nikon 70-200 vrii vs 200 f2 vri

Started Mar 6, 2013 | Discussions thread
azoele Contributing Member • Posts: 663
Re: nikon 70-200 vrii vs 200 f2 vri

BEERandBBQ wrote:

Thanks all for the replies so far. Let me slightly modify my original statement. The 70-200 does focus rather quickly, Ive just been frustrated lately trying to capture lower light action shots (given we've been stuck in the house with bad weather), and Ive not really found a great solution, even the Sigma 35 has been lacking a bit in focus time. Indoors, the 70-200 is generally too long.

Anyhow, I was merely wondering if the 200 f2 was worth the upgrade, given I usually use the 70-200 near 200mm range. I absolutely love the samples Ive seen of the 200 f2, it truly seems like one of the best if not the best nikon lens out there. Also I generally use the 70-200 at 2.8 rarely any lower aperatures, mainly because I just any chance for decent bokeh. I also have the 105 dc, which is great, but often a bit too short, and for action shots, way too slow.

Really my biggest worry is turning heads with the bigger lens and preventing good shots because people are so aware of the lens! Holding/carrying the weight/size Im not so worried about.

As usual, Mike is spot on!

My comments mirror his perfectly: the 70-200 VR II is an exceptional lens, but the 200/2, especially at a distance and wide open, blows it out of the water. At f2 it is already exceedingly good (on the low res bodies I own, D3s/D4).

Nothing to add technically, so I'll add something about the useof the beast: the 200/2 is a hell of a lens, very heavy. I train almost daily, and am youngish and of large build, but still, handholding it for some time is really a strain. Swinging it, or crouching with it, requires some will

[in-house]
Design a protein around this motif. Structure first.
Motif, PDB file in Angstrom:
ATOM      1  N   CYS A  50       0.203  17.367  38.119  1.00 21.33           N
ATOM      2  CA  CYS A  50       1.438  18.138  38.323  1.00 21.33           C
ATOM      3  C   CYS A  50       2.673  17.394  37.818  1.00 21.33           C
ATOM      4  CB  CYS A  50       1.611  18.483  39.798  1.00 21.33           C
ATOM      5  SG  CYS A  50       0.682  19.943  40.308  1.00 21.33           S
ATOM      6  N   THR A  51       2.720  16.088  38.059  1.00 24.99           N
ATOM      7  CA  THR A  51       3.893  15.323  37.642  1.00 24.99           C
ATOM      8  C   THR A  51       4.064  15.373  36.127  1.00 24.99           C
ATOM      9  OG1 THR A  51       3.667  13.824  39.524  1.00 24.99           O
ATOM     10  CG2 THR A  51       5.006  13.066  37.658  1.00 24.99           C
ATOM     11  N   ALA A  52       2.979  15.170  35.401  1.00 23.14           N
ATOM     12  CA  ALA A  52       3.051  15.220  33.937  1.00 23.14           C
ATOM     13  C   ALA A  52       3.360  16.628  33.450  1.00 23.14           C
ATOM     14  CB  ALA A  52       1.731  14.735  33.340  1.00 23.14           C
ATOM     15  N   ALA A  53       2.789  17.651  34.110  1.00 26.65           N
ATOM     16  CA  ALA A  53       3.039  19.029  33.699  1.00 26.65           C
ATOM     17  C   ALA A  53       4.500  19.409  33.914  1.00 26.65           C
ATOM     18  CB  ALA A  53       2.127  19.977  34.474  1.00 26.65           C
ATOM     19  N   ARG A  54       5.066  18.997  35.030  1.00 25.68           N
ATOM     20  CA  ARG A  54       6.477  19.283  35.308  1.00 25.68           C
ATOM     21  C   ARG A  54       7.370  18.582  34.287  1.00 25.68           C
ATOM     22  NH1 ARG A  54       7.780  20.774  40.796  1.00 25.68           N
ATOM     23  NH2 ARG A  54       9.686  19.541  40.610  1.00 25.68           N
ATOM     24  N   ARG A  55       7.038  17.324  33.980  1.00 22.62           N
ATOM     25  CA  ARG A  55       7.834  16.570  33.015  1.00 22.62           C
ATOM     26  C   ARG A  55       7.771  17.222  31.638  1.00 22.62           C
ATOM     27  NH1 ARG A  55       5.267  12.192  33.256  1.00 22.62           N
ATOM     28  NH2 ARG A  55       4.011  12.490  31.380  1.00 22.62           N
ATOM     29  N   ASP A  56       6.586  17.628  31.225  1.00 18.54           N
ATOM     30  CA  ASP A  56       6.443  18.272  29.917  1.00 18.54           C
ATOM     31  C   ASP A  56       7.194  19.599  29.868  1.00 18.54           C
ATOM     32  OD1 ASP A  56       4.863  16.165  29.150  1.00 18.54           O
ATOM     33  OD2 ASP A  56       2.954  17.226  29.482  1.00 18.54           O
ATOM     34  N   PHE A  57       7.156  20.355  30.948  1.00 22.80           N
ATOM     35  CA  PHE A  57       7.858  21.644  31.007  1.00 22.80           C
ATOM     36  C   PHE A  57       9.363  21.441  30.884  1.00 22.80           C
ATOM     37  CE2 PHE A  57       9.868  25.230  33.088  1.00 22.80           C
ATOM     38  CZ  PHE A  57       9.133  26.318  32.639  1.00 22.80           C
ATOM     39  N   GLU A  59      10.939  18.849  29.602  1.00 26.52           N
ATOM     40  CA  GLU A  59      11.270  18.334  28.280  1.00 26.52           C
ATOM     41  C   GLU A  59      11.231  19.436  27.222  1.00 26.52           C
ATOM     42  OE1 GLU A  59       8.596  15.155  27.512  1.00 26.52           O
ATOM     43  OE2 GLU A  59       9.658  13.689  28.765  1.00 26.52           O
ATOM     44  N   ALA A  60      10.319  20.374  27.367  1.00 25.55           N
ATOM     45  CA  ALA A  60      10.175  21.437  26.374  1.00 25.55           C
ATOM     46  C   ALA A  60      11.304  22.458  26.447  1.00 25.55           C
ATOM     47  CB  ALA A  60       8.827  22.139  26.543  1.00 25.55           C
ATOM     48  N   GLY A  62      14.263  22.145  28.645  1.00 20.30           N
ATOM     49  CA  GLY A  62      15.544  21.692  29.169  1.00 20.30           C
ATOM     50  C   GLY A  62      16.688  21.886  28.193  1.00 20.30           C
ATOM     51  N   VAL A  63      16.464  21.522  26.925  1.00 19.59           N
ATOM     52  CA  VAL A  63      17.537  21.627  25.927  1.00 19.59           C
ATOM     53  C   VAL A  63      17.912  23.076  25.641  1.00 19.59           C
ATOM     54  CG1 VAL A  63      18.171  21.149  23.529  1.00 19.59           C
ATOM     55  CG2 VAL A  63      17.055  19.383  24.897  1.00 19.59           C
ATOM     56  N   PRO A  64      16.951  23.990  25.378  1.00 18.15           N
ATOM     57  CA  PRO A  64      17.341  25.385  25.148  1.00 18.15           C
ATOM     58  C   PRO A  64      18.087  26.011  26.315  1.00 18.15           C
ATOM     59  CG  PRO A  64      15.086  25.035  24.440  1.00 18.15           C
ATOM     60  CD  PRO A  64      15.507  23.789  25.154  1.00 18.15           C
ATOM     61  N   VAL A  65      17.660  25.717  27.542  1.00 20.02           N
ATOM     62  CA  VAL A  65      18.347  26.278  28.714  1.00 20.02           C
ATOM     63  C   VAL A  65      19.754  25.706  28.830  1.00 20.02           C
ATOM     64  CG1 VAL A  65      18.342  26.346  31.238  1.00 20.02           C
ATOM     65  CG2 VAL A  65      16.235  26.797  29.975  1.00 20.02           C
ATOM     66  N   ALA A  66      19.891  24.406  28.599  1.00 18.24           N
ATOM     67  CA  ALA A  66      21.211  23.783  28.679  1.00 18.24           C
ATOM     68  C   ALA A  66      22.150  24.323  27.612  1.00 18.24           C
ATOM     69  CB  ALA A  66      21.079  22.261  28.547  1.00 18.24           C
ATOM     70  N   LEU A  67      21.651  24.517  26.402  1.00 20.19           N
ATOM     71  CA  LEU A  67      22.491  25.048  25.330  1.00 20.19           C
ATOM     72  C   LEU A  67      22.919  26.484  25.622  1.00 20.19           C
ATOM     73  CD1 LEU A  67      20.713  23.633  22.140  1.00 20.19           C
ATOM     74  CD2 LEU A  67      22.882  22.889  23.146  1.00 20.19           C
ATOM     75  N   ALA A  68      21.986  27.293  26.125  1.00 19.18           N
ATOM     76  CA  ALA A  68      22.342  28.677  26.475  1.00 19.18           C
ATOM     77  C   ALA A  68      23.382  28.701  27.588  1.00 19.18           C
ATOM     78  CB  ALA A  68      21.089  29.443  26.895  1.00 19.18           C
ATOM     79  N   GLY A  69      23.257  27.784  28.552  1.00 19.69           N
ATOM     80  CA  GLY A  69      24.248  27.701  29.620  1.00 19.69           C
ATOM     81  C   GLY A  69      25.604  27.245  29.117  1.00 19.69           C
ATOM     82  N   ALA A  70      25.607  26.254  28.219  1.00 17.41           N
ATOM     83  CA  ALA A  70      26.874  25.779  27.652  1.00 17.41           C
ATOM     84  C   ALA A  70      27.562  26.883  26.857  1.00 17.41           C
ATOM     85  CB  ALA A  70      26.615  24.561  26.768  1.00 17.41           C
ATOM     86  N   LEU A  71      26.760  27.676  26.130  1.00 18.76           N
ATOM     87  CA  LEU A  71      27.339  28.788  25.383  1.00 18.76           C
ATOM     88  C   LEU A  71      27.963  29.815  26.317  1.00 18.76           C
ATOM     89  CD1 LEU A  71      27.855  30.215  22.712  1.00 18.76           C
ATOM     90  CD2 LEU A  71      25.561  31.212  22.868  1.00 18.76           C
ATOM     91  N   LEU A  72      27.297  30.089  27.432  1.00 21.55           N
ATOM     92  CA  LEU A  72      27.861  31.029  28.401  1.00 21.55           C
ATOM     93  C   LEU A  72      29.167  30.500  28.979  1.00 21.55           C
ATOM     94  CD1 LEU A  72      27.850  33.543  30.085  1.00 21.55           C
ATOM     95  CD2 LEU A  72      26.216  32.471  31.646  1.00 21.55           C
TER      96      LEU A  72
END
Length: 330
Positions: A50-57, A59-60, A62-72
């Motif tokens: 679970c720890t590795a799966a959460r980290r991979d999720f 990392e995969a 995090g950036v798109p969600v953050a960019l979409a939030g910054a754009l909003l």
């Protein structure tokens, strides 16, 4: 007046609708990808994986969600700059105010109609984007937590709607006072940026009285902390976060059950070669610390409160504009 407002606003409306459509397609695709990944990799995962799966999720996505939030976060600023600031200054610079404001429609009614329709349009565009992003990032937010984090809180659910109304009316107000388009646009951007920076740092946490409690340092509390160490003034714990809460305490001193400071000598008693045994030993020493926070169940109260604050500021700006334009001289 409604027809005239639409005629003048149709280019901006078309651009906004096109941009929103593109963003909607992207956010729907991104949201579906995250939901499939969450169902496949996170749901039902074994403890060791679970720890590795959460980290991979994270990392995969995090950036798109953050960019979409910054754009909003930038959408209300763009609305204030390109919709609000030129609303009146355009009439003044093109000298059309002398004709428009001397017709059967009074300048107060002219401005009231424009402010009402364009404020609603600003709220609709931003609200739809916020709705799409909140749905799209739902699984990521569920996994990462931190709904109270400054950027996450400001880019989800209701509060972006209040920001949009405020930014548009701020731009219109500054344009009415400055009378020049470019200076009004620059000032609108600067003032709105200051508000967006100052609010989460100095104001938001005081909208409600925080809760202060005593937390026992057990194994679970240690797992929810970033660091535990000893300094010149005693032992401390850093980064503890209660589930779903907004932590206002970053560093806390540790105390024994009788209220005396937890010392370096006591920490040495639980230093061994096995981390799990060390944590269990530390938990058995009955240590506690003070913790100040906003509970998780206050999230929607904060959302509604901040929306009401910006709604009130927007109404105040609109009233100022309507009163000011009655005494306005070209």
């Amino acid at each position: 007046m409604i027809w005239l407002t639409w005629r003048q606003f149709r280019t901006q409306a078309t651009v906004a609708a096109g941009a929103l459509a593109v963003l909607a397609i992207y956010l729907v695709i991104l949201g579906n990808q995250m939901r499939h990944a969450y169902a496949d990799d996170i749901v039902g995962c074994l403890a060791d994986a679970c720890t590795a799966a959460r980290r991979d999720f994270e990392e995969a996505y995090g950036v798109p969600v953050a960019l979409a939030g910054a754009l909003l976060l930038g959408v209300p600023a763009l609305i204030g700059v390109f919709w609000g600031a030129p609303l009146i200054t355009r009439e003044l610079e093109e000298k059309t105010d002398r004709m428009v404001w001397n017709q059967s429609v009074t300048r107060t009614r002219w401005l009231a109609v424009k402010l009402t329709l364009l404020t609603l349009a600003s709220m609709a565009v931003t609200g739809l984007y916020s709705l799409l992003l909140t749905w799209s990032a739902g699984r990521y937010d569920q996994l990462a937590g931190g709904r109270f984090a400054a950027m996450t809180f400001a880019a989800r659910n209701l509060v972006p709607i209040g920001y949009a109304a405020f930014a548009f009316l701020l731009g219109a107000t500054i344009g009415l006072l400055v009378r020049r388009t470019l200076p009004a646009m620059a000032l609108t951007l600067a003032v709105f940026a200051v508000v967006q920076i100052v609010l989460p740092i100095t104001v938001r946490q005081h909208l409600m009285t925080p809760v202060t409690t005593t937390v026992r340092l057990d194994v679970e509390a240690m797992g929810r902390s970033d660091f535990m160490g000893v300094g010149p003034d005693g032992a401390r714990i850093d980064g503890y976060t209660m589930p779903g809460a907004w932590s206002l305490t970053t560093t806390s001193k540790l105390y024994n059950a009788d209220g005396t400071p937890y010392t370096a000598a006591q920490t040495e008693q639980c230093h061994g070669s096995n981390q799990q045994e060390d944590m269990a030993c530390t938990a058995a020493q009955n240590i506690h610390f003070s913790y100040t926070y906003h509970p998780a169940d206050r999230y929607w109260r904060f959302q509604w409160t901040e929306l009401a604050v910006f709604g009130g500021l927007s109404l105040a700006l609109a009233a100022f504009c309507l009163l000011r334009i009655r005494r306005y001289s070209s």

Carrying it is even more of a hassle, as it is huge, and you'll be very careful, given the cost involved Planes become difficult, as if feels a large chunk of my onboard luggage, for instance.
I travelled 15 days with it through Turkey, and I can tell you, that was a hard choice. You really feel it on your back after a day of walking.
Also, while performance is mesmerizing, get ready for much frustrations: F2 requires an excellently tuned autofocus and lots of practice.

If you can, it's just the ticket to extraordinary images. But as you'll see after the initial amazement, it is a lens that requires much commitment.



Surprised you find the 105DC too slow for "action", unless you're shooting very fast objects coming at you. If it is properly tuned (few are, mine would like a +25 probably...), it is relatively good at tracking once the initial acquisition has been made, as it requires very little focus movement.
Pro bodies have a very torquey autofocus motor, and our D3s gets the 105DC to really pick up focus fast. I suspect the D600 has a quite less powerful motor giving you less than stellar performance.
I took shots of a 5 a side soccer with it, and was quite pleased by the results even at f2 (horrible lighting, iso 12800, f2, 1/250s or so, very, very yellow).

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